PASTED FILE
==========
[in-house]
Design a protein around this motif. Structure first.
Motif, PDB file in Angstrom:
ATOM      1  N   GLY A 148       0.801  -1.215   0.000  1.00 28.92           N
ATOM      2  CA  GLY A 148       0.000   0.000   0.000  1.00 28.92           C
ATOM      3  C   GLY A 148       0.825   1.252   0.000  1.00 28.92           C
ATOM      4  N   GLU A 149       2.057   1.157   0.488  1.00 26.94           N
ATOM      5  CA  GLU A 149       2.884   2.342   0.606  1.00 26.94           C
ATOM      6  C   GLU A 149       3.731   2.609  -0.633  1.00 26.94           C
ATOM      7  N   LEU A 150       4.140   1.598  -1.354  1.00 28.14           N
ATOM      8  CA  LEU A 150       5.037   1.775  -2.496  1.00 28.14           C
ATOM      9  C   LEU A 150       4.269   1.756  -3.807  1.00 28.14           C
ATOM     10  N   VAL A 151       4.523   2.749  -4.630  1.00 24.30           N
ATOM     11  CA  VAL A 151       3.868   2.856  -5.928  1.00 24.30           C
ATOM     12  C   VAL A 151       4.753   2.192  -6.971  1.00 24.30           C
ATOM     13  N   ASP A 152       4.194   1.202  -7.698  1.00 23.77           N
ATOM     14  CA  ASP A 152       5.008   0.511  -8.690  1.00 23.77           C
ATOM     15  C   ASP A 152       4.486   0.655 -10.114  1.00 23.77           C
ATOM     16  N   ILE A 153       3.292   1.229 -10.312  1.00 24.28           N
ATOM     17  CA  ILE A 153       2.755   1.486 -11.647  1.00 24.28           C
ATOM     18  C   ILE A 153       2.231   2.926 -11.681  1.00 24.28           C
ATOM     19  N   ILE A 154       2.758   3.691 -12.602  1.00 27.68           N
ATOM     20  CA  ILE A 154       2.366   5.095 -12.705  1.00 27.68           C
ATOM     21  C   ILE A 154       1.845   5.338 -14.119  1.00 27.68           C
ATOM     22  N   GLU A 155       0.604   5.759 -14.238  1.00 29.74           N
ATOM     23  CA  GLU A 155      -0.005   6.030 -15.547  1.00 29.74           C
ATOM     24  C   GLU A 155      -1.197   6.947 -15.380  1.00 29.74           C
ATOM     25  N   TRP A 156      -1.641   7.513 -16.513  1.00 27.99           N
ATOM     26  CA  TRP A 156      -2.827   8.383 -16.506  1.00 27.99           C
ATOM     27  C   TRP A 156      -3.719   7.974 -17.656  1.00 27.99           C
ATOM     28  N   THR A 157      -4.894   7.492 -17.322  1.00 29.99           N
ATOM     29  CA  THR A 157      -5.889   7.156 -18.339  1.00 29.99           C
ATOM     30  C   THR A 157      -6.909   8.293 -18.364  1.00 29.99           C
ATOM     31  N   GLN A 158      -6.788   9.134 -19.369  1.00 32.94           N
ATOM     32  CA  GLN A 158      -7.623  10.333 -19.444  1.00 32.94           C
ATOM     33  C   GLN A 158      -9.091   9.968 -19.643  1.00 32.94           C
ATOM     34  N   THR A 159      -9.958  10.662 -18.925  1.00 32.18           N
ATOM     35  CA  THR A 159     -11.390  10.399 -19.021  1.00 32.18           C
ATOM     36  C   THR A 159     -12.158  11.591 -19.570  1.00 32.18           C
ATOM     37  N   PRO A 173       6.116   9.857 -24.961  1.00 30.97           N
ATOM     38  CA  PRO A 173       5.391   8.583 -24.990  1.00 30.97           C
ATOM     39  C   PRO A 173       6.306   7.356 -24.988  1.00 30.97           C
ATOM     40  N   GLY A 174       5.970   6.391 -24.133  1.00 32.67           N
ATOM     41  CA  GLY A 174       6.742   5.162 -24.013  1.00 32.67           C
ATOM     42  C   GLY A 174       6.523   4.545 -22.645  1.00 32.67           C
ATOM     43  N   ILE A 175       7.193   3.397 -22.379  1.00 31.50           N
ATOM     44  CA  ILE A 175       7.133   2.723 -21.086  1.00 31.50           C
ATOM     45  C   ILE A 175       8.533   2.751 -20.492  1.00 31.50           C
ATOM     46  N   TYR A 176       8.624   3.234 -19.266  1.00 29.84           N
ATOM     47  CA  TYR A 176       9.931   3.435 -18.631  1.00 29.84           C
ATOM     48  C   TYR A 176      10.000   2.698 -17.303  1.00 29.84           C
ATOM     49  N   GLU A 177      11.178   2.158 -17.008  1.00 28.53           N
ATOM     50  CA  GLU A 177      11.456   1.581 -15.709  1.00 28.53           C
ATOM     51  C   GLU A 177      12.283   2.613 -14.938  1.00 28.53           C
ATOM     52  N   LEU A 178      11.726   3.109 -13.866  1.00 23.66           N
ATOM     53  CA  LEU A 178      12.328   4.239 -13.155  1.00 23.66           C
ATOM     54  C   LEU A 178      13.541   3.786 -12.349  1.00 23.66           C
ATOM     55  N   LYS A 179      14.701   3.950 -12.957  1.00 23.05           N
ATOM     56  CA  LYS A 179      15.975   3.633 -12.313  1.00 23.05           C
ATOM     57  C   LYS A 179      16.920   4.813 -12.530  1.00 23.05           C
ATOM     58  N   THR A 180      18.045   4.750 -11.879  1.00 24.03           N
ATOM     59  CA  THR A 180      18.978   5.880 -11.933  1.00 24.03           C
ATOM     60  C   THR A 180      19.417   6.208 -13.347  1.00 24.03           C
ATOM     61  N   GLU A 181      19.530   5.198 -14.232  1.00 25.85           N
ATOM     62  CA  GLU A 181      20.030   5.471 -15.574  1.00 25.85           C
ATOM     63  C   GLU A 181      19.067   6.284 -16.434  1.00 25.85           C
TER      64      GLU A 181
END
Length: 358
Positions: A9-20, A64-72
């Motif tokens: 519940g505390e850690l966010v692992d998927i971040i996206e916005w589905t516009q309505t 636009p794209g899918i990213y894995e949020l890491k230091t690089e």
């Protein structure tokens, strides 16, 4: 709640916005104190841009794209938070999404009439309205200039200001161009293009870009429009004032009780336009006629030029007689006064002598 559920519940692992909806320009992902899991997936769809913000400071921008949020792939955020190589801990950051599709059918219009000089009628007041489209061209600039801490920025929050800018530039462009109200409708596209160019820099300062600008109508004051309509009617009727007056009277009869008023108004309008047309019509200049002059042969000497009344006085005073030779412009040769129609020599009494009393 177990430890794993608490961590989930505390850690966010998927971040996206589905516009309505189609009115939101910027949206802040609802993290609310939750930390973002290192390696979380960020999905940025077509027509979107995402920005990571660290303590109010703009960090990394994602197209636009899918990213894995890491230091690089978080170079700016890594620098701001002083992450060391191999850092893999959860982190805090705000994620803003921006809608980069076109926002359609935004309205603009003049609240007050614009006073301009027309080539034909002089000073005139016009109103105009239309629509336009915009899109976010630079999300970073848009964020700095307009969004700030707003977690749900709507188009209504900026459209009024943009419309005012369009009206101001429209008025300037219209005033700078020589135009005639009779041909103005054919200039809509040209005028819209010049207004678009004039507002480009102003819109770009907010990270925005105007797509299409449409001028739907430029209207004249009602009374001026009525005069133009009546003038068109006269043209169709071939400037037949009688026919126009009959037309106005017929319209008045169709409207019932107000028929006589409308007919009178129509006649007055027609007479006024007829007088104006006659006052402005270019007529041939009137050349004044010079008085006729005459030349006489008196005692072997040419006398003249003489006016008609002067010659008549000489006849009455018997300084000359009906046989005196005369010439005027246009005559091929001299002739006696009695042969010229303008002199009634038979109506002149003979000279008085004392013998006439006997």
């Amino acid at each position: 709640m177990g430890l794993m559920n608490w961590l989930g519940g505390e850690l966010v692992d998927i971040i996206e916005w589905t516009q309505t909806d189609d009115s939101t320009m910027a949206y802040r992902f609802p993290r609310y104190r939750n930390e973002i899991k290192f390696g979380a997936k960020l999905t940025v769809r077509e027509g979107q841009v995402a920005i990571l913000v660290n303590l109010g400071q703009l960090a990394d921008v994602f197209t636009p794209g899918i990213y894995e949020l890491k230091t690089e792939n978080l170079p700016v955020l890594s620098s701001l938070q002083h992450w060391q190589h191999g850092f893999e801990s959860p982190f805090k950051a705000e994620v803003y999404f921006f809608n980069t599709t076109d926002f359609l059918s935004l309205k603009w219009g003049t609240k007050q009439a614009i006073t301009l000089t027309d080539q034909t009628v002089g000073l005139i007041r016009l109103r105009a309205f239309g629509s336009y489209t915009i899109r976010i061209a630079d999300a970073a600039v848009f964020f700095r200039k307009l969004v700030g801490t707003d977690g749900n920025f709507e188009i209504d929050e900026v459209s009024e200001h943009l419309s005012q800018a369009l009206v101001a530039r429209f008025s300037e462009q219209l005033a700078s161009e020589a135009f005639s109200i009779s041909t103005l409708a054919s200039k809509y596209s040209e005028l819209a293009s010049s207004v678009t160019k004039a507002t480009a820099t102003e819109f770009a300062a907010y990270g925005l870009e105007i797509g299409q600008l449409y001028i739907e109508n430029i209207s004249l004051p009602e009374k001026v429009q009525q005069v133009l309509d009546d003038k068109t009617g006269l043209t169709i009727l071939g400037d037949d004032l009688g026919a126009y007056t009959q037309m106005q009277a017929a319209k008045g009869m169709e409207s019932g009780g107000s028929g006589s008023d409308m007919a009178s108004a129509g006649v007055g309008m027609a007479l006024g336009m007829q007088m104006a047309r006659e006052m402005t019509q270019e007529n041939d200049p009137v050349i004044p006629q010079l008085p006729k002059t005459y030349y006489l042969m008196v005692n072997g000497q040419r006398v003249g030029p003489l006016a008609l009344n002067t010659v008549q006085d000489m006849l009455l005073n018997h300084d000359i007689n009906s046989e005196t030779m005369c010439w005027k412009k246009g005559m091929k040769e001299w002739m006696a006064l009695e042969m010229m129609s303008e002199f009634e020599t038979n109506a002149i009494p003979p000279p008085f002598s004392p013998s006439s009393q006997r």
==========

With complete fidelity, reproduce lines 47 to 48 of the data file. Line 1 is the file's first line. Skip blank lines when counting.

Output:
ATOM     44  CA  ILE A 175       7.133   2.723 -21.086  1.00 31.50           C
ATOM     45  C   ILE A 175       8.533   2.751 -20.492  1.00 31.50           C